Experiment #166

Lessons From a Sidekick

Invincibility and invisibility are not the same thing.

Heroes aren’t perfect even if their teeth are.

Villains have feelings too. Albeit sociopathic ones.

If you smash their house fighting a super villain, people probably won’t throw you a party, particularly if your hero calls them a bunch of whiners and fake sobs at their town hall meeting.

Tights are well named, and have a propensity for bunching in all the wrong places.

Capes look awesome. Not so functional.

Always put away your gear and your hero’s gear. That way you won’t get blamed for running an inordinately expensive crime fighting gadget through the wash because you foolishly thought your hero knew better than to carelessly leave said equipment in his pants pocket.

Secret identities, including your sidekick’s, can only stay that way if no one blabs about his public persona to every girl he’s trying to date.

Check with the damsel before you assume. They often know good lawyers and are far more likely to use them when a hero uses a cheesy pickup line afterward.

Sometimes there’s not all that much behind the mask.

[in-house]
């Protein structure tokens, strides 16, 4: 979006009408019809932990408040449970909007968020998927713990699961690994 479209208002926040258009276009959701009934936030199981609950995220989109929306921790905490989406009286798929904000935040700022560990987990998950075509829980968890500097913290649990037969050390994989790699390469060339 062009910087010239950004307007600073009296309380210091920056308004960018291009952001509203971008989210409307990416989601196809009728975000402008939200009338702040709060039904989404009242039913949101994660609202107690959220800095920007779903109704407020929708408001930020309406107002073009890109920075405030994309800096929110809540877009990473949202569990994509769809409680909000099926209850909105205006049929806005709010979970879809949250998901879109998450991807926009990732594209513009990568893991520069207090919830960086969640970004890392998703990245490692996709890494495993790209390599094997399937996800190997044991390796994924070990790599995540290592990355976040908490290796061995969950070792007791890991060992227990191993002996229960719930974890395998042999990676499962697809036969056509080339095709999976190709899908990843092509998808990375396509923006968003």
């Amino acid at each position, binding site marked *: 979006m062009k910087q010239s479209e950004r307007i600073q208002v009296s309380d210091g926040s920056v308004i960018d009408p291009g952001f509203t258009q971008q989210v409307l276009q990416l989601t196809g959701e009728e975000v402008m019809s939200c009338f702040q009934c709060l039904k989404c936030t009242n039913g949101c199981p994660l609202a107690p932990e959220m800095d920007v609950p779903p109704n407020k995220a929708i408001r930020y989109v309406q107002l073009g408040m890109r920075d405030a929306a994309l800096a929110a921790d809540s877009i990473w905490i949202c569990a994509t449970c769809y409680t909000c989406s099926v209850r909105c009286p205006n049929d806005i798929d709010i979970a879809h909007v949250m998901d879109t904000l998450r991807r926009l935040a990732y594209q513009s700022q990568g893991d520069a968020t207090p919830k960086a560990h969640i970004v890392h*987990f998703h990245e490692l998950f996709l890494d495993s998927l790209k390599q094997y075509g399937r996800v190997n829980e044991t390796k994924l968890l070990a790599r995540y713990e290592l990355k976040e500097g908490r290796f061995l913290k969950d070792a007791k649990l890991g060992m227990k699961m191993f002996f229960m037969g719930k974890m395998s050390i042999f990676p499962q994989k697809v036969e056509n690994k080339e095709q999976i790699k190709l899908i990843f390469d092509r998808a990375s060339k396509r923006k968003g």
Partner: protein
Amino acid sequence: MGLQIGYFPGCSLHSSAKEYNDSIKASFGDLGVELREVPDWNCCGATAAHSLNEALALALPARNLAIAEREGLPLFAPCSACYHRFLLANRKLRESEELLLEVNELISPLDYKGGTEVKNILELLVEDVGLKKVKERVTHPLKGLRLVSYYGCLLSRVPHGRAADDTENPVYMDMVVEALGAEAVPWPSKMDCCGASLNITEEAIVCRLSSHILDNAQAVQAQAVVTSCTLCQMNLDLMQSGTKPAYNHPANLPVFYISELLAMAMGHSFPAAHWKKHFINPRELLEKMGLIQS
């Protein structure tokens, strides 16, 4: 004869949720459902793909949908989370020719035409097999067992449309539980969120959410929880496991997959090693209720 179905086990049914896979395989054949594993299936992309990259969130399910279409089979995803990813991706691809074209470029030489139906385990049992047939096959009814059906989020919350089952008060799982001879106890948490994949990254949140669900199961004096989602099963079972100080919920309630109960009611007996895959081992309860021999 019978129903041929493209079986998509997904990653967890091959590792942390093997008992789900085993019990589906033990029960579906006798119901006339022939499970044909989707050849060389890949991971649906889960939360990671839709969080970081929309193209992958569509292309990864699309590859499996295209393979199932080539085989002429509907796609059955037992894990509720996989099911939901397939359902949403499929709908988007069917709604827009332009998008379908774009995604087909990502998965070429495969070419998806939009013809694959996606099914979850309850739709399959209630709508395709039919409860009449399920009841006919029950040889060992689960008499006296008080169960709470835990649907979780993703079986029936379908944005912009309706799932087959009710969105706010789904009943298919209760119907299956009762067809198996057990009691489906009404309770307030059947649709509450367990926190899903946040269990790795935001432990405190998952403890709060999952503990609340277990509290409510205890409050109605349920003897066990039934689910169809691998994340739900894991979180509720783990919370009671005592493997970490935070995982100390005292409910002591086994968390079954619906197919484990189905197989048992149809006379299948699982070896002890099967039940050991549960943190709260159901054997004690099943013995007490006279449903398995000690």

When your hero hires an opposite gender sidekick without consulting you or even considering how you might feel and then gives her a name more closely aligned with his own than the random name he gave you off the side of a pizza box, try not to take it personally. Just ride out the marketing ploy.

Headshots mean something very different in PR and publicity contexts. Make sure your hero knows the difference before meeting the firm you’ve hired to enhance his image.

No one cares about _your_ nemesis.

Ladies aren’t so fond of being stood up for the sake of nameless humanity. Or your hero’s coffee run, for that matter.

There’s a surprising amount of paperwork in heroing and a surprising amount of it is done by the hero. (Surprisingly small amount that is)

Sometimes megalomaniacs lack confidence, even the heroic ones.

Heroes can turn evil if you mess up their latte.

Autographs don’t write themselves (nor do the heroes).

If everyone calls your hero Pompous Man, Captain Ego, or the Giant Head That Ate Everyone’s Feelings, he may not be considerate of your emotional health.

Witty repartee is only in the movies (and your hero’s day dreams/memories of events).

You can change your name, take down villains your hero never dreamed of fighting, and have a long, successful solo career, but no one will remember you as anything but Stupid Sidekick Name Your Hero Literally Chose Off the Side of a Pizza Box and You Accepted Because You Were Twelve And Didn’t Know Any Better.

You didn’t get into this for the glory.

Peer Review the Experiment

Tell the author how he did and how he could do better.
Be Honest. Be Specific. Be Constructive.